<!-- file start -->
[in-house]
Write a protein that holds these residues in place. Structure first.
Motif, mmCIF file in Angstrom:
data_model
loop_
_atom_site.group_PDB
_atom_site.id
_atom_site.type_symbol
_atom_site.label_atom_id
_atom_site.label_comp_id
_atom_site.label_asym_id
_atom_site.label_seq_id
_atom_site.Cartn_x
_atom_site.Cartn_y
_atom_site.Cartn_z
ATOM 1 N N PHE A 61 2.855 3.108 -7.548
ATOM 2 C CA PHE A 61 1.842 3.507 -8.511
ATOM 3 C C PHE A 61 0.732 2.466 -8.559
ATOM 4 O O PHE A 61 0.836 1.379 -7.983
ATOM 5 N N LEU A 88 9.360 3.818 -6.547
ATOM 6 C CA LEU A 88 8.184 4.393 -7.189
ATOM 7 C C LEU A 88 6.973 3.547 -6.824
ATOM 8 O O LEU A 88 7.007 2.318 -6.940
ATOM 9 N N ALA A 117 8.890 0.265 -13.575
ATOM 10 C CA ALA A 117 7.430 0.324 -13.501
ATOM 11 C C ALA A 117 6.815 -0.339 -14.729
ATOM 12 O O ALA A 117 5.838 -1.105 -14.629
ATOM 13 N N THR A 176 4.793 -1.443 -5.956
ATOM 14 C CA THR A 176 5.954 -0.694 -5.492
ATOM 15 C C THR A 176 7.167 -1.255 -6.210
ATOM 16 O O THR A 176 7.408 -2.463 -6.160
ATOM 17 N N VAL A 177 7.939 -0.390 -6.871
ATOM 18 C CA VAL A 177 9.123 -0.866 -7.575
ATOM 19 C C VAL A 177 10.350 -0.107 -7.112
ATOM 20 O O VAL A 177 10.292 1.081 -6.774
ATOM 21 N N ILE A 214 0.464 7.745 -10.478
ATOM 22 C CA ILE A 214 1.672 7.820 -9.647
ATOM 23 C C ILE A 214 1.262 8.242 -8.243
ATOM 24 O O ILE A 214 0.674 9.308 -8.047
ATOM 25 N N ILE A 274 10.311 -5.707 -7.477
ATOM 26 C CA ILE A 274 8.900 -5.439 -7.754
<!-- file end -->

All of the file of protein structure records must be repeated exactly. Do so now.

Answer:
[in-house]
Write a protein that holds these residues in place. Structure first.
Motif, mmCIF file in Angstrom:
data_model
loop_
_atom_site.group_PDB
_atom_site.id
_atom_site.type_symbol
_atom_site.label_atom_id
_atom_site.label_comp_id
_atom_site.label_asym_id
_atom_site.label_seq_id
_atom_site.Cartn_x
_atom_site.Cartn_y
_atom_site.Cartn_z
ATOM 1 N N PHE A 61 2.855 3.108 -7.548
ATOM 2 C CA PHE A 61 1.842 3.507 -8.511
ATOM 3 C C PHE A 61 0.732 2.466 -8.559
ATOM 4 O O PHE A 61 0.836 1.379 -7.983
ATOM 5 N N LEU A 88 9.360 3.818 -6.547
ATOM 6 C CA LEU A 88 8.184 4.393 -7.189
ATOM 7 C C LEU A 88 6.973 3.547 -6.824
ATOM 8 O O LEU A 88 7.007 2.318 -6.940
ATOM 9 N N ALA A 117 8.890 0.265 -13.575
ATOM 10 C CA ALA A 117 7.430 0.324 -13.501
ATOM 11 C C ALA A 117 6.815 -0.339 -14.729
ATOM 12 O O ALA A 117 5.838 -1.105 -14.629
ATOM 13 N N THR A 176 4.793 -1.443 -5.956
ATOM 14 C CA THR A 176 5.954 -0.694 -5.492
ATOM 15 C C THR A 176 7.167 -1.255 -6.210
ATOM 16 O O THR A 176 7.408 -2.463 -6.160
ATOM 17 N N VAL A 177 7.939 -0.390 -6.871
ATOM 18 C CA VAL A 177 9.123 -0.866 -7.575
ATOM 19 C C VAL A 177 10.350 -0.107 -7.112
ATOM 20 O O VAL A 177 10.292 1.081 -6.774
ATOM 21 N N ILE A 214 0.464 7.745 -10.478
ATOM 22 C CA ILE A 214 1.672 7.820 -9.647
ATOM 23 C C ILE A 214 1.262 8.242 -8.243
ATOM 24 O O ILE A 214 0.674 9.308 -8.047
ATOM 25 N N ILE A 274 10.311 -5.707 -7.477
ATOM 26 C CA ILE A 274 8.900 -5.439 -7.754